Melissa Jones, a guidance counselor at Renaissance, also said the Detroit Center and Byrd have been intensely involved with students at the school, particularly in the past couple of years, though she added that the involvement has increased from all schools across Michigan. Still, she said programs like the Victors Club, which hosts events for high school students to interact with recruiters and M-Reach through the Ross School of Business — along with frequent visits to Detroit, financial aid meetings and Ann Arbor campus visits — make the University feel much more accessible to her students.

“Ms. Byrd will come in, it’s usually around April when our seniors are admitted to U of M, and she has a big reception with balloons,” Jones said. “None of the other colleges do that, she treats them like athletes, like on the signing day. It’s really, really cool.”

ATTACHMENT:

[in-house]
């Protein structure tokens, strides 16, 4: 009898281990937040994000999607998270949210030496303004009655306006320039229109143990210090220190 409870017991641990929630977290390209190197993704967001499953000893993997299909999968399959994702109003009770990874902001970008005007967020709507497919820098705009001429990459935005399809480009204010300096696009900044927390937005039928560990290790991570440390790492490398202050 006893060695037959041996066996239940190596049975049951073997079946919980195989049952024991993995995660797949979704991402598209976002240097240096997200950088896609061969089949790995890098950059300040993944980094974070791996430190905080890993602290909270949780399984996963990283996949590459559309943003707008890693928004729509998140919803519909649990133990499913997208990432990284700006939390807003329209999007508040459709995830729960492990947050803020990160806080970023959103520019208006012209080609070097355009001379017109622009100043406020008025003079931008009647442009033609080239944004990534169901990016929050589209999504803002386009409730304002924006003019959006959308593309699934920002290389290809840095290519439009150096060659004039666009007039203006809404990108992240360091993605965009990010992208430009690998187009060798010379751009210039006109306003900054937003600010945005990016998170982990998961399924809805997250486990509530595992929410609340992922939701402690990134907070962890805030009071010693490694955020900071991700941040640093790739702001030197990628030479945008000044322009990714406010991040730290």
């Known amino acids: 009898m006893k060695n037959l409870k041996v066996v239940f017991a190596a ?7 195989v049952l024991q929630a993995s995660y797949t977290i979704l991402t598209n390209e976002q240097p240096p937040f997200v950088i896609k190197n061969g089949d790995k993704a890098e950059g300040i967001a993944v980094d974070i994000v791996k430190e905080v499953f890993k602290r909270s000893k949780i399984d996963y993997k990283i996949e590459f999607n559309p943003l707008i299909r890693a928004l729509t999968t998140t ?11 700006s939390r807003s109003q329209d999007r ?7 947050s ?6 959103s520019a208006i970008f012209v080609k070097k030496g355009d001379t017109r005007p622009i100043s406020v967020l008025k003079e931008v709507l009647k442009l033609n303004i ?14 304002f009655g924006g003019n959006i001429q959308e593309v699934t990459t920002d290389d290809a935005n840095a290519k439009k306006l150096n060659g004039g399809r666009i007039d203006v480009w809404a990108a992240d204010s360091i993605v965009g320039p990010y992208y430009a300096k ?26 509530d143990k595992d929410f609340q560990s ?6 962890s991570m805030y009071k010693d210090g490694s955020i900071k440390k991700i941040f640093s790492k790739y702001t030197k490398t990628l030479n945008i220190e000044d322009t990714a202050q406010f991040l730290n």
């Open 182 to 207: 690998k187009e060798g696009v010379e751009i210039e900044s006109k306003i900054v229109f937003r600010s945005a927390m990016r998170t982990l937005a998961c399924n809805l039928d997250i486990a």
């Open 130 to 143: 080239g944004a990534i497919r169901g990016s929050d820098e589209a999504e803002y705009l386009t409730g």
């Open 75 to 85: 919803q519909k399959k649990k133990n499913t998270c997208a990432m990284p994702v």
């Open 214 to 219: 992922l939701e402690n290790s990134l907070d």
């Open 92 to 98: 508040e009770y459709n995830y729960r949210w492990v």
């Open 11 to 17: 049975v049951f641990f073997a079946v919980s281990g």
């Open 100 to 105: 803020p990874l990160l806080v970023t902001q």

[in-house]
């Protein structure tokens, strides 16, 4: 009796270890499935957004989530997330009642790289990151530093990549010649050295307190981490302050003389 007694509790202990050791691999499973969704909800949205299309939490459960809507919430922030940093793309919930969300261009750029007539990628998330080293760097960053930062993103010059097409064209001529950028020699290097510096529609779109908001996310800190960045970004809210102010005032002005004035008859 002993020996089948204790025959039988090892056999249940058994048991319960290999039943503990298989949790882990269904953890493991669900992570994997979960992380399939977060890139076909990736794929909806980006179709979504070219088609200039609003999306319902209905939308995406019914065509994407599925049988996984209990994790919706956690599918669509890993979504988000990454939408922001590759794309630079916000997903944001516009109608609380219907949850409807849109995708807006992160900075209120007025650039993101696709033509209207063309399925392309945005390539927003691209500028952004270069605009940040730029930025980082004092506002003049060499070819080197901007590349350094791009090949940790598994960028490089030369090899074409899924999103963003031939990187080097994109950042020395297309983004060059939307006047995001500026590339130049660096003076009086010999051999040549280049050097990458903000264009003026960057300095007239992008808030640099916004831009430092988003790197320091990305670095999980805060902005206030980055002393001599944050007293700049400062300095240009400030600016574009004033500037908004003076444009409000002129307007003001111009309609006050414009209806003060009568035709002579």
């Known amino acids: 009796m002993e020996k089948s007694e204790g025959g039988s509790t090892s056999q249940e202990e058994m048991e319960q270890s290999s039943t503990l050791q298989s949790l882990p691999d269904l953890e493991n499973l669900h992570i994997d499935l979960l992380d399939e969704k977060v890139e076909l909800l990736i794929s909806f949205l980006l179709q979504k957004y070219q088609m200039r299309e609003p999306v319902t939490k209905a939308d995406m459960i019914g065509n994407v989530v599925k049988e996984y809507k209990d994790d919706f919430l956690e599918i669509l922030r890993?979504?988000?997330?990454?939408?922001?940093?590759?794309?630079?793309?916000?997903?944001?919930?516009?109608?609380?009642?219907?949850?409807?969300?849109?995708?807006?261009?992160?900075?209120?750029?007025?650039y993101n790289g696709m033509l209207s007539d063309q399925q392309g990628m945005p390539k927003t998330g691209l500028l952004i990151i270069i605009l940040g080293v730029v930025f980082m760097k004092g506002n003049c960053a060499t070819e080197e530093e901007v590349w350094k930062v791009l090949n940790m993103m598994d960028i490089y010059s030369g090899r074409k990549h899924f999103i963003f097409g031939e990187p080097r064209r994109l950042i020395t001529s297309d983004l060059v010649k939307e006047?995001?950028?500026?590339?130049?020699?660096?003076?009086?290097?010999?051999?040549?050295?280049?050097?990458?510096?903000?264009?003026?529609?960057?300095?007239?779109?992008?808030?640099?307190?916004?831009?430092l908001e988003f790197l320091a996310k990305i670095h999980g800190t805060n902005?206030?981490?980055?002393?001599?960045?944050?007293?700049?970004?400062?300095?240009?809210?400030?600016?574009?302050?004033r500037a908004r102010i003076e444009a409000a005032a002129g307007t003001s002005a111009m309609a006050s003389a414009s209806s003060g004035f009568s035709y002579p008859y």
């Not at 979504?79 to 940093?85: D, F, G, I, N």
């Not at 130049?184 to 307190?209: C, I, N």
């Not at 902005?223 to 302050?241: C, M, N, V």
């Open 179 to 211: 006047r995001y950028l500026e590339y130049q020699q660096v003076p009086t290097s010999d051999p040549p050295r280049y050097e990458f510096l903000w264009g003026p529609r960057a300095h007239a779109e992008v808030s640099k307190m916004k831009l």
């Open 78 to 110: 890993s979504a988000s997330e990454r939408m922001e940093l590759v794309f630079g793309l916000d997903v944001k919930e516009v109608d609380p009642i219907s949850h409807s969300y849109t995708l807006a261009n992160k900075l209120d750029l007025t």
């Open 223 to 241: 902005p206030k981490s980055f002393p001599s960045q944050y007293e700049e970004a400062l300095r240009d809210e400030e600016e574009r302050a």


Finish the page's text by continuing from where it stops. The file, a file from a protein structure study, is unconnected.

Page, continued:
Byrd said she has received positive feedback herself and that she makes an effort to keep herself fully available to faculty at most all Detroit schools.

“In terms of admissions, it’s all about building partnerships. It’s always about meeting the students where they are and helping them get to where they want to go,” Byrd said. “If Michigan is where they want to go, then we hope to provide them with the resources we have available that actually might sort of fill in some of the gaps in terms of the road they’re on.”